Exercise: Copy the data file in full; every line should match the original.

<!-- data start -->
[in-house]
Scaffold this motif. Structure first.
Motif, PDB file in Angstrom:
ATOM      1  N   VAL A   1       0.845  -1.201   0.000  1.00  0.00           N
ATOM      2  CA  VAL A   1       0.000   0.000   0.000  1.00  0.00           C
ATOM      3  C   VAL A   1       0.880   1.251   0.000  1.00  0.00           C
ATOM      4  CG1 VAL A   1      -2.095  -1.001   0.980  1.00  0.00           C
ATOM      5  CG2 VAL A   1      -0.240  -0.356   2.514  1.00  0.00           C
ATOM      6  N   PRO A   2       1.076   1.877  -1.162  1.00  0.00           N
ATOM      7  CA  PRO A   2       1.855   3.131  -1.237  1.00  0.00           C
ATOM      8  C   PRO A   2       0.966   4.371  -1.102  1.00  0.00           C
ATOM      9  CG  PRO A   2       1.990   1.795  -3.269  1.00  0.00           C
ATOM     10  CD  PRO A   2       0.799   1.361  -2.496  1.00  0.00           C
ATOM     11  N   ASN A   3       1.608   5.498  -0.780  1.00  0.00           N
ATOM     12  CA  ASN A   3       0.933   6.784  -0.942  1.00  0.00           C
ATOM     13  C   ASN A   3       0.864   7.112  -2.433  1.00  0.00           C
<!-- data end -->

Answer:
[in-house]
Scaffold this motif. Structure first.
Motif, PDB file in Angstrom:
ATOM      1  N   VAL A   1       0.845  -1.201   0.000  1.00  0.00           N
ATOM      2  CA  VAL A   1       0.000   0.000   0.000  1.00  0.00           C
ATOM      3  C   VAL A   1       0.880   1.251   0.000  1.00  0.00           C
ATOM      4  CG1 VAL A   1      -2.095  -1.001   0.980  1.00  0.00           C
ATOM      5  CG2 VAL A   1      -0.240  -0.356   2.514  1.00  0.00           C
ATOM      6  N   PRO A   2       1.076   1.877  -1.162  1.00  0.00           N
ATOM      7  CA  PRO A   2       1.855   3.131  -1.237  1.00  0.00           C
ATOM      8  C   PRO A   2       0.966   4.371  -1.102  1.00  0.00           C
ATOM      9  CG  PRO A   2       1.990   1.795  -3.269  1.00  0.00           C
ATOM     10  CD  PRO A   2       0.799   1.361  -2.496  1.00  0.00           C
ATOM     11  N   ASN A   3       1.608   5.498  -0.780  1.00  0.00           N
ATOM     12  CA  ASN A   3       0.933   6.784  -0.942  1.00  0.00           C
ATOM     13  C   ASN A   3       0.864   7.112  -2.433  1.00  0.00           C